Saturday, February 11, 2006

Seasonals On Their Way to Your Mouth

Belgian beers will be the unofficial theme for this spring. Matt and I plan on making three Belgian style beers: a Belgian Wit, a Belgian brown, and a Biere De Garde.

Information about said styles,

Belgian Wit

the Belgian Wit (white) style is a fruity, pale wheat beer accented with orange peel, coriander, and other spices. This is a subtle, delicate beer, best appreciated by those who like a refreshing wheat beer with a touch of spice character. The name wit (or white) was attached to this style due to both the original use of unmalted wheat, and to the fact that this beer was brewed without finings, so more yeast than normal remained in suspension.

Belgian Brown
Many distinctive variations of dark brown ales are made in Belgium, especially in Flanders. The classic style, with an interplay of caramel-like malty sweetness and a sourness gained in several months of maturation (usually in metal tanks), is sometimes identified as Oud ("Old") Bruin (the pronunciation is amost the same as the English word "brown"). The most complex examples have a secondary fermentation in the bottle.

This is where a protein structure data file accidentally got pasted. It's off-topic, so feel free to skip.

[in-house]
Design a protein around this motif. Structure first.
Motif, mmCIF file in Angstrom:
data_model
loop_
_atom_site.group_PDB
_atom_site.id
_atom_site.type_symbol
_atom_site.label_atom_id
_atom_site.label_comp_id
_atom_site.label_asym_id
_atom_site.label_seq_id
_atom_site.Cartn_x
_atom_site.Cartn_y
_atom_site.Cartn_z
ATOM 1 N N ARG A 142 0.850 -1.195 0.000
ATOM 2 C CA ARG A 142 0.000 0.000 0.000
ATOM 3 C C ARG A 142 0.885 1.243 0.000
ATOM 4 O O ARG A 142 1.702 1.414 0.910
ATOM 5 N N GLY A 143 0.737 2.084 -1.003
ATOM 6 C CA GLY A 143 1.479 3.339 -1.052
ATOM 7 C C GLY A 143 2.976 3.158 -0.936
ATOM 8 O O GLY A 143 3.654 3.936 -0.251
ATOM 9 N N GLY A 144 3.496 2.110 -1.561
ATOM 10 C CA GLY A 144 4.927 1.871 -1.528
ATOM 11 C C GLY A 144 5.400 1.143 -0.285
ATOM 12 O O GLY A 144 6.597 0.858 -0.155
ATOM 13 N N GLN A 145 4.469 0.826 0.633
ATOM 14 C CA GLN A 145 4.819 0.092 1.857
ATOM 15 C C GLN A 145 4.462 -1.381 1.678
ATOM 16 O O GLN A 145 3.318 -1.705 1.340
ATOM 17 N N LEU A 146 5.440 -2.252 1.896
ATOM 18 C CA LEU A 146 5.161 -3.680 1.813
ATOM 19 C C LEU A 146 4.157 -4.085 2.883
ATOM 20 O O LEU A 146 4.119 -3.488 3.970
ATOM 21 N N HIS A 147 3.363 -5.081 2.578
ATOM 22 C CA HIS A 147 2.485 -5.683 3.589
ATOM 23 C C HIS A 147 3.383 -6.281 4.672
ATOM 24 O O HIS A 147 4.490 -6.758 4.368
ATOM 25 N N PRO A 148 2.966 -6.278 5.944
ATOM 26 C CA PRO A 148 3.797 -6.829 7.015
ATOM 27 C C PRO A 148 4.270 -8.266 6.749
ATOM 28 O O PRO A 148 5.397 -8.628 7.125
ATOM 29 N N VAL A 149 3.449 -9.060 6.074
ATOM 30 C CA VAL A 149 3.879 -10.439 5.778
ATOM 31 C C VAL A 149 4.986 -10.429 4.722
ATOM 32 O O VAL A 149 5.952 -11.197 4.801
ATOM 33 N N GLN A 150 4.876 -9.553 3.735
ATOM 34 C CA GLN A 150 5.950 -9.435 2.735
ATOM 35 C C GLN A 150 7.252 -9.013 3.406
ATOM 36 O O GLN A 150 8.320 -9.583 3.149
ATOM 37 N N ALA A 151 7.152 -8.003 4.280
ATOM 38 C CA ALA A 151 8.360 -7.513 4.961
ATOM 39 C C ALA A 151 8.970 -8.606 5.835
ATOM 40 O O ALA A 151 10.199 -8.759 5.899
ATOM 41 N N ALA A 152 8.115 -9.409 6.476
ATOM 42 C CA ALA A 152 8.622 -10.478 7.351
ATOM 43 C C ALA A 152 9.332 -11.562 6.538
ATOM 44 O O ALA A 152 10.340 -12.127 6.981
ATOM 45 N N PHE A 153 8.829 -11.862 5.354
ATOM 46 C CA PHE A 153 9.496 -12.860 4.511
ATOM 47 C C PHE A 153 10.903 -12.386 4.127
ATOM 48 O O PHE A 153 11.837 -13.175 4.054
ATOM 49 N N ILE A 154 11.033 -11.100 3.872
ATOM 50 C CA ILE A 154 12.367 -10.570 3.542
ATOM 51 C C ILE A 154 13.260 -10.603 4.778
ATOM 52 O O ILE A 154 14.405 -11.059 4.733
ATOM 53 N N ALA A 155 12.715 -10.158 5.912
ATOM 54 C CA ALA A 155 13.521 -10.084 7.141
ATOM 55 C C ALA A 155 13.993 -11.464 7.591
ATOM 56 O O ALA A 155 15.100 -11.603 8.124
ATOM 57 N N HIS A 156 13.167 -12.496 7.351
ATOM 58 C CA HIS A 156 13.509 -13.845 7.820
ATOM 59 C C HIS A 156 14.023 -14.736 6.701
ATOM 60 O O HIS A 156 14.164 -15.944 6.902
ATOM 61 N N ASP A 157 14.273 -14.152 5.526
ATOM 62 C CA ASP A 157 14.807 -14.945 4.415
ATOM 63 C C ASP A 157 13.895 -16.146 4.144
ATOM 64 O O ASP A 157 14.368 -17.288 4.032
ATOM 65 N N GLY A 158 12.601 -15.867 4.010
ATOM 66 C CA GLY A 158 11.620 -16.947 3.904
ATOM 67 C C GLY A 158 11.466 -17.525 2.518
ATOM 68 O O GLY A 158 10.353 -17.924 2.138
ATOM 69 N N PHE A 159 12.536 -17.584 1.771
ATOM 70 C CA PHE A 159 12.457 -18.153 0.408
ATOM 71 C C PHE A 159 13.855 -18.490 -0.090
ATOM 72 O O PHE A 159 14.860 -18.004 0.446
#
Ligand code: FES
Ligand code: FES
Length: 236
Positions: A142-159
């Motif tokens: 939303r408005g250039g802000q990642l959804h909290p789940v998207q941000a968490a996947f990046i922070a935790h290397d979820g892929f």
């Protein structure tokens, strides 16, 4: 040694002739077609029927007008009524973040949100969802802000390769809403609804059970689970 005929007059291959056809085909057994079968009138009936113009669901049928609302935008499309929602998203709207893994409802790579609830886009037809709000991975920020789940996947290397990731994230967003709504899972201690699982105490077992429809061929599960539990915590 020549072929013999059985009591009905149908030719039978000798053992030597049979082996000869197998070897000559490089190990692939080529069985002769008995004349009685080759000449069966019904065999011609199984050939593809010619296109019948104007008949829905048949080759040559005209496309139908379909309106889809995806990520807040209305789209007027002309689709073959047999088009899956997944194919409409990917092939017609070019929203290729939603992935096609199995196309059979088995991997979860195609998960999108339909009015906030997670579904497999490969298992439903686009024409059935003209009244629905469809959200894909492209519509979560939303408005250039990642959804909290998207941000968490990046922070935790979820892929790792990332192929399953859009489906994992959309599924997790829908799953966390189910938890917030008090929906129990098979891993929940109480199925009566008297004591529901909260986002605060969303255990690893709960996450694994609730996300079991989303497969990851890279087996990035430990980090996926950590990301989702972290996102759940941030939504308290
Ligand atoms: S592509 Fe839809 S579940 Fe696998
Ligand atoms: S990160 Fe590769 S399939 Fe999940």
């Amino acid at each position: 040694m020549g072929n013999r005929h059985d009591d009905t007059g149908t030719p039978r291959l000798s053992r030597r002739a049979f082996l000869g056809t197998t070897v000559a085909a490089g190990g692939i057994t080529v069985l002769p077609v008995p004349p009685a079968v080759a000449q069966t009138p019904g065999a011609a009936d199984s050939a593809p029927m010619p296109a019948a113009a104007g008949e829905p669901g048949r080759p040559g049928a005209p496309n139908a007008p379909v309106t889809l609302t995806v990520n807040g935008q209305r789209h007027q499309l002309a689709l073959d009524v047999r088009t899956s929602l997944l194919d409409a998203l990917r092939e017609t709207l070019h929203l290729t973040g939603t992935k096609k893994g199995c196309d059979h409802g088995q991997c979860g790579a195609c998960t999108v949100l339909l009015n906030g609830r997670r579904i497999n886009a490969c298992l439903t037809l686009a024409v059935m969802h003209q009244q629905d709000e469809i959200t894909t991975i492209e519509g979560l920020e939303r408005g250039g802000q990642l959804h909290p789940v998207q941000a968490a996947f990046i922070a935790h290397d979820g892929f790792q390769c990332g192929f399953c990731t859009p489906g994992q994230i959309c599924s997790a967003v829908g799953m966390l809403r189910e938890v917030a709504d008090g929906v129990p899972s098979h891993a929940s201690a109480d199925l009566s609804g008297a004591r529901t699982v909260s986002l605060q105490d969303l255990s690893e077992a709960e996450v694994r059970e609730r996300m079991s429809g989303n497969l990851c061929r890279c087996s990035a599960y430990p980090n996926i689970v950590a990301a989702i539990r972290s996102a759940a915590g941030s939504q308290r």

Biere de Garde

This northern region [of France] shares a border with Belgium, one of the greatest brewing wonderlands in the world. As is the custom of French Flanders, beer is the traditional drink, a love that displays the style and finesse of the people, along with their dedication to artisanal tradition. This is the center of bieres de garde, or beers for keeping, the ales that were brewed to last throughout the summer months.

Like the saisons of Belgium, these bieres de garde were farmhouse ales brewed for the farmers and their fieldhands, but were vastly unique in flavor. They were intense, invigorating, strong – and stored in traditional champagne bottles.

You might interpret the champagne bottle, with cork and wire hood, to be a statement about an elitist cultural attitude toward beer in this region of Europe. However, the champagne region of France lies fifty miles to the south, and the convenience of using the same bottles led to the tradition for biere de garde.

These beers may be flattened gold to intense amber in color, the result of lightly kilning the barley malt. They generally have an earthy character, with anise, exotic spices and herbal wood undertones. You may find a sweetness or fruitiness in the center, along with flavors of biscuit, and the warming splash of alcohol. It has a rounded smoothness, the result of the process of warm fermentation, followed by cold maturation.

It's going to be a good spring...

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